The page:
Skip to: Content
Skip to: Site Navigation
Skip to: Search


Want world peace? Support free trade.

(Page 1 of 1)



Everyone knows that a key to the Democrats' big electoral win was their opposition to the Iraq war. But also, as the Wall Street Journal reported recently, "Democrats' stances against free trade helped build the party's success at the polls and could tip the balance on trade matters. The new dynamic could put a definitive end to the already troubled effort to reach a global agreement to reduce tariffs and open markets...."

Skip to next paragraph

Protectionists (of whatever party) believe that consumers who buy goods and services from foreigners cause domestic employment – and wages – to fall. Economists since before Adam Smith have shown that this belief is mistaken, largely because foreigners sell things to us only because they either want to buy things from us or invest in our economy.

These activities employ workers here at home and raise their wages. Mountains of empirical evidence show that protectionism is economically destructive. The facts also show that protectionism is inconsistent with a desire for peace – a desire admirably expressed by many Democrats during the recent campaigns.

Back in 1748, Baron de Montesquieu observed that "Peace is the natural effect of trade. Two nations who differ with each other become reciprocally dependent; for if one has an interest in buying, the other has an interest in selling; and thus their union is founded on their mutual necessities."

If Mr. Montesquieu is correct that trade promotes peace, then protectionism – a retreat from open trade – raises the chances of war.

Plenty of empirical evidence confirms the wisdom of Montesquieu's insight: Trade does indeed promote peace.

During the past 30 years, Solomon Polachek, an economist at the State University of New York at Binghamton, has researched the relationship between trade and peace. In his most recent paper on the topic, he and co-author Carlos Seiglie of Rutgers University review the massive amount of research on trade, war, and peace.

They find that "the overwhelming evidence indicates that trade reduces conflict." Likewise for foreign investment. The greater the amounts that foreigners invest in the United States, or the more that Americans invest abroad, the lower is the likelihood of war between America and those countries with which it has investment relationships.

Professors Polachek and Seiglie conclude that, "The policy implication of our finding is that further international cooperation in reducing barriers to both trade and capital flows can promote a more peaceful world."

Columbia University political scientist Erik Gartzke reaches a similar but more general conclusion: Peace is fostered by economic freedom. Economic freedom certainly includes, but is broader than, the freedom of ordinary people to trade internationally. It includes also low and transparent rates of taxation, the easy ability of entrepreneurs to start new businesses, the lightness of regulations on labor, product, and credit markets, ready access to sound money, and other factors that encourage the allocation of resources by markets rather than by government officials.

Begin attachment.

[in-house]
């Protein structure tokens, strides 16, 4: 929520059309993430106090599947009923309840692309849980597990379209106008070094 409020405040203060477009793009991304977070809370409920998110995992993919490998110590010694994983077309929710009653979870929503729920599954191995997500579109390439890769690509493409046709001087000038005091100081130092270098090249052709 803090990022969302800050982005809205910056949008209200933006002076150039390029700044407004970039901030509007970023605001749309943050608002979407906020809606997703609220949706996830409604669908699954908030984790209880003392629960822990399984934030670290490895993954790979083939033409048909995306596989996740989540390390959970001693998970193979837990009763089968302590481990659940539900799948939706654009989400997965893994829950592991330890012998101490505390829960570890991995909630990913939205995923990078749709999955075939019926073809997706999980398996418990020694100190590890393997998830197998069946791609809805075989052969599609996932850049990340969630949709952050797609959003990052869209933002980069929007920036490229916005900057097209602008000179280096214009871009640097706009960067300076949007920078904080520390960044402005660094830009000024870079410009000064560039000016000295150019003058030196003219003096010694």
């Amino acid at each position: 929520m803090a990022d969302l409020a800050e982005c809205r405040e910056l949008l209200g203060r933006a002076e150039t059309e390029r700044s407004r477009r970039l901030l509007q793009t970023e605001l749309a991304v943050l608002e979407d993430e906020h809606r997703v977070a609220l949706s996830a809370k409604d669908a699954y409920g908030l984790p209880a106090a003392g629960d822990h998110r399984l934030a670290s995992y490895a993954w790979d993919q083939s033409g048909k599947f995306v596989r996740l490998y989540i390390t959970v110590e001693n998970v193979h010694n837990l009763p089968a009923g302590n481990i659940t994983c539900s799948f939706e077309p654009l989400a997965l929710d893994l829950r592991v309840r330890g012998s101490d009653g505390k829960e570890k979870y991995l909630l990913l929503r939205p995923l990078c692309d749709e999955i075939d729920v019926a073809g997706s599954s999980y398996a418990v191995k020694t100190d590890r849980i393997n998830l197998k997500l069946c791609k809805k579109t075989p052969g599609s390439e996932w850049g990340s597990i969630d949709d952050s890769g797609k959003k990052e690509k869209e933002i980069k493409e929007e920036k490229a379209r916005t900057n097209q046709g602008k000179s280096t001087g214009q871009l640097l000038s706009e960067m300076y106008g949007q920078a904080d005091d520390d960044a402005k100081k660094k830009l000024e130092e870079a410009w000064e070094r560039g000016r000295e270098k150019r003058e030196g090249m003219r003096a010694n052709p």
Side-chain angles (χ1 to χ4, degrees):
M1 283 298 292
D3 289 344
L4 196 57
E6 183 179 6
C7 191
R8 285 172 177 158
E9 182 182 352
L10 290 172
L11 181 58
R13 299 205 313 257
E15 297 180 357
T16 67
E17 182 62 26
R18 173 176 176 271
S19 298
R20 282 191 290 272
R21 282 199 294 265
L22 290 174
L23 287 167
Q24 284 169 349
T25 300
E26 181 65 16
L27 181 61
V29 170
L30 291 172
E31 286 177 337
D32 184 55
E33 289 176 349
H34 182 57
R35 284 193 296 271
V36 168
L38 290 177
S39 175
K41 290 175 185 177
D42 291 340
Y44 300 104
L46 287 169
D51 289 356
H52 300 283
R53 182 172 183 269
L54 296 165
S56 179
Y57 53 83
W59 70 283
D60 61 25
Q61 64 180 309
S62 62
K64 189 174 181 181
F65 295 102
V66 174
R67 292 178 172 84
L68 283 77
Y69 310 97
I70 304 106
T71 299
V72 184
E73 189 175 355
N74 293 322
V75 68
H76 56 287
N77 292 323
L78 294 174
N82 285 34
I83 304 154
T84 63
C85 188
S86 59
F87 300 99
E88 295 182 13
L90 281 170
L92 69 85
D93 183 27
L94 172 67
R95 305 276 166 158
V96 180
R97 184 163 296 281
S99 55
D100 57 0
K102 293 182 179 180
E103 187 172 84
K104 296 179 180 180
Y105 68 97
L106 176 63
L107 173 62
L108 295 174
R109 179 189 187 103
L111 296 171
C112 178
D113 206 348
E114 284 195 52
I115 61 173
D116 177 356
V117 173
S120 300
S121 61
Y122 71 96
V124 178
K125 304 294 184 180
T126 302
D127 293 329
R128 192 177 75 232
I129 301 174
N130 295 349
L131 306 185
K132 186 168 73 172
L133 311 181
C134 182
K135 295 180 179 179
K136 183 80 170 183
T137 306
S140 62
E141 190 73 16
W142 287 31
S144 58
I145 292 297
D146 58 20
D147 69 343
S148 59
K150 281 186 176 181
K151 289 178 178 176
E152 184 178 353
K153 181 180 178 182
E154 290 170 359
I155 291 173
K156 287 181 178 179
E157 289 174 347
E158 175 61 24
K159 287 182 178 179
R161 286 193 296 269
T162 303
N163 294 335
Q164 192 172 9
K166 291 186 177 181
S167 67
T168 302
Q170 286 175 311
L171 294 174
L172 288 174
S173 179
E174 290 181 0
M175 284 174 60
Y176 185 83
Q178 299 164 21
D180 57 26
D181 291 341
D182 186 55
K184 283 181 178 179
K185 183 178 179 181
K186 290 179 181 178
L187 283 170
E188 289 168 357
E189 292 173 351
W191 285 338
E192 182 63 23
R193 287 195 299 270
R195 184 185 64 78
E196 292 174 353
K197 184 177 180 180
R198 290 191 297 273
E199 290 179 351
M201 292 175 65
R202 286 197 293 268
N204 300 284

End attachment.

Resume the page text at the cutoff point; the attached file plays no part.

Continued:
Professor Gartzke ranks countries on an economic-freedom index from 1 to 10, with 1 being very unfree and 10 being very free. He then examines military conflicts from 1816 through 2000. His findings are powerful: Countries that rank lowest on an economic-freedom index – with scores of 2 or less – are 14 times more likely to be involved in military conflicts than are countries whose people enjoy significant economic freedom (that is, countries with scores of 8 or higher).

Also important, the findings of Polachek and Gartzke improve our understanding of the long-recognized reluctance of democratic nations to wage war against one another. These scholars argue that the so-called democratic peace is really the capitalist peace.

Democratic institutions are heavily concentrated in countries that also have strong protections for private property rights, openness to foreign commerce, and other features broadly consistent with capitalism. That's why the observation that any two democracies are quite unlikely to go to war against each other might reflect the consequences of capitalism more than democracy.

And that's just what the data show. Polachek and Seiglie find that openness to trade is much more effective at encouraging peace than is democracy per se. Similarly, Gartzke discovered that, "When measures of both economic freedom and democracy are included in a statistical study, economic freedom is about 50 times more effective than democracy in diminishing violent conflict."

These findings make sense. By promoting prosperity, economic freedom gives ordinary people a large stake in peace.

This prosperity is threatened during wartime. War almost always gives government more control over resources and imposes the burdens of higher taxes, higher inflation, and other disruptions of the everyday commercial relationships that support prosperity.

When commerce reaches across political borders, the peace-promoting effects of economic freedom intensify. Why? It's bad for the bottom line to shoot your customers or your suppliers, so the more you trade with foreigners the less likely you are to seek, or even to tolerate, harm to these foreigners.

Senators-elect Sherrod Brown (D) of Ohio and Jim Webb (D) of Virginia probably don't realize it, but by endorsing trade protection, they actually work against the long-run prospects for peace that they so fervently desire.

Donald J. Boudreaux is chairman of the economics department at George Mason University.

Permissions